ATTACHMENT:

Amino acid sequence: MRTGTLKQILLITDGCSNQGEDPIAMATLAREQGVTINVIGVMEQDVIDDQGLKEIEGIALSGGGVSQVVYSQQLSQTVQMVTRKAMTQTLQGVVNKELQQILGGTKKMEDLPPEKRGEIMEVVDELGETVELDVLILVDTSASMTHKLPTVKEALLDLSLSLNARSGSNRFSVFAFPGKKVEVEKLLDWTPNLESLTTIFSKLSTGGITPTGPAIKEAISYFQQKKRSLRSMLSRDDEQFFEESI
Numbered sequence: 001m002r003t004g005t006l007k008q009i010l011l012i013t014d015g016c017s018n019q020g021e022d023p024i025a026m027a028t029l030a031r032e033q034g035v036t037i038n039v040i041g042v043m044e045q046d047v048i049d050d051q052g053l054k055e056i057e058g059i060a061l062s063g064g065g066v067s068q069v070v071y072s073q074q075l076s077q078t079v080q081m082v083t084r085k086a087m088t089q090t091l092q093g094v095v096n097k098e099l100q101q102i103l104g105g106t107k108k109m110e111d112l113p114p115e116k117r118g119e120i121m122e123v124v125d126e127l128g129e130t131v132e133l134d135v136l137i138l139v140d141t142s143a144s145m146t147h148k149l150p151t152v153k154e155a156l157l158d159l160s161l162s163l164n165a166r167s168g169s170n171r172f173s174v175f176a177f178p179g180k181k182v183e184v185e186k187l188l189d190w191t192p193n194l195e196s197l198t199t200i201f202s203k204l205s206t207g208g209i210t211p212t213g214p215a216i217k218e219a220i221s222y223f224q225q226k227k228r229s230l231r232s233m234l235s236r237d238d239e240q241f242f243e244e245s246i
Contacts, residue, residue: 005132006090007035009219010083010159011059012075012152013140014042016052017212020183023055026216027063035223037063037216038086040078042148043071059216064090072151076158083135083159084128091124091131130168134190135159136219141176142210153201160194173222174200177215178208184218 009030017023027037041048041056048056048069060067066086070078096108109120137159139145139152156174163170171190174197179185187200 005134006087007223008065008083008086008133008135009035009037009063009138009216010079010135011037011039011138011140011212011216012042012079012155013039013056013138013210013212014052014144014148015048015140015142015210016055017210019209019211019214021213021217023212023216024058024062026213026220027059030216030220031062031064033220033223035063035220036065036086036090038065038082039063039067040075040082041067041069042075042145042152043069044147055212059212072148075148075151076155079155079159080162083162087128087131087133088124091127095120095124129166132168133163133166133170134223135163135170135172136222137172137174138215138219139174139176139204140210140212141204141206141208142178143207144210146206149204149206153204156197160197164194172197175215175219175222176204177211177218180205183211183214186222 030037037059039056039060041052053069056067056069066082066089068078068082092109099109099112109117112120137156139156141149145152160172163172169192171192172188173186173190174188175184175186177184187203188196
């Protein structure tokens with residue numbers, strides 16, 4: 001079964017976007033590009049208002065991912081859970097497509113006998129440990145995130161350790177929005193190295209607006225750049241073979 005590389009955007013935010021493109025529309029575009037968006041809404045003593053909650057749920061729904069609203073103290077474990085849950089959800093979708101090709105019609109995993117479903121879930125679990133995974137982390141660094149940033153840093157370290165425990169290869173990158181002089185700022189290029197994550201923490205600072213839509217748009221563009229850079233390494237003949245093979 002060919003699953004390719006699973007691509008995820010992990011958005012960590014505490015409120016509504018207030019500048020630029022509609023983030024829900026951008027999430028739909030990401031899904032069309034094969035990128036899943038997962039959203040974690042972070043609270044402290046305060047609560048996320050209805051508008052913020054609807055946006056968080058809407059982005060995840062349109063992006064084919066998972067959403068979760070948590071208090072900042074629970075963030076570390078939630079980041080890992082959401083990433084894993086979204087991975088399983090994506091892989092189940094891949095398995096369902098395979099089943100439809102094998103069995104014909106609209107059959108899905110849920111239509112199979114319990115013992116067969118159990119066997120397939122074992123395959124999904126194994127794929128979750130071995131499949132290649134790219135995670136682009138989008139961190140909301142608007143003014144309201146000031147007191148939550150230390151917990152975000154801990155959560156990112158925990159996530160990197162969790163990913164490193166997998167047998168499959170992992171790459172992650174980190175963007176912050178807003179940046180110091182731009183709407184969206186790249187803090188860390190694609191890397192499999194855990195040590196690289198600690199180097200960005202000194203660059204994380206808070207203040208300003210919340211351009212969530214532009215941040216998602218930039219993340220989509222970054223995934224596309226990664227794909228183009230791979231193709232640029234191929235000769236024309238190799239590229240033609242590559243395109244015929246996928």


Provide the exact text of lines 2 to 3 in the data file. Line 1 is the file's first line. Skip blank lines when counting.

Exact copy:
Numbered sequence: 001m002r003t004g005t006l007k008q009i010l011l012i013t014d015g016c017s018n019q020g021e022d023p024i025a026m027a028t029l030a031r032e033q034g035v036t037i038n039v040i041g042v043m044e045q046d047v048i049d050d051q052g053l054k055e056i057e058g059i060a061l062s063g064g065g066v067s068q069v070v071y072s073q074q075l076s077q078t079v080q081m082v083t084r085k086a087m088t089q090t091l092q093g094v095v096n097k098e099l100q101q102i103l104g105g106t107k108k109m110e111d112l113p114p115e116k117r118g119e120i121m122e123v124v125d126e127l128g129e130t131v132e133l134d135v136l137i138l139v140d141t142s143a144s145m146t147h148k149l150p151t152v153k154e155a156l157l158d159l160s161l162s163l164n165a166r167s168g169s170n171r172f173s174v175f176a177f178p179g180k181k182v183e184v185e186k187l188l189d190w191t192p193n194l195e196s197l198t199t200i201f202s203k204l205s206t207g208g209i210t211p212t213g214p215a216i217k218e219a220i221s222y223f224q225q226k227k228r229s230l231r232s233m234l235s236r237d238d239e240q241f242f243e244e245s246i
Contacts, residue, residue: 005132006090007035009219010083010159011059012075012152013140014042016052017212020183023055026216027063035223037063037216038086040078042148043071059216064090072151076158083135083159084128091124091131130168134190135159136219141176142210153201160194173222174200177215178208184218 009030017023027037041048041056048056048069060067066086070078096108109120137159139145139152156174163170171190174197179185187200 005134006087007223008065008083008086008133008135009035009037009063009138009216010079010135011037011039011138011140011212011216012042012079012155013039013056013138013210013212014052014144014148015048015140015142015210016055017210019209019211019214021213021217023212023216024058024062026213026220027059030216030220031062031064033220033223035063035220036065036086036090038065038082039063039067040075040082041067041069042075042145042152043069044147055212059212072148075148075151076155079155079159080162083162087128087131087133088124091127095120095124129166132168133163133166133170134223135163135170135172136222137172137174138215138219139174139176139204140210140212141204141206141208142178143207144210146206149204149206153204156197160197164194172197175215175219175222176204177211177218180205183211183214186222 030037037059039056039060041052053069056067056069066082066089068078068082092109099109099112109117112120137156139156141149145152160172163172169192171192172188173186173190174188175184175186177184187203188196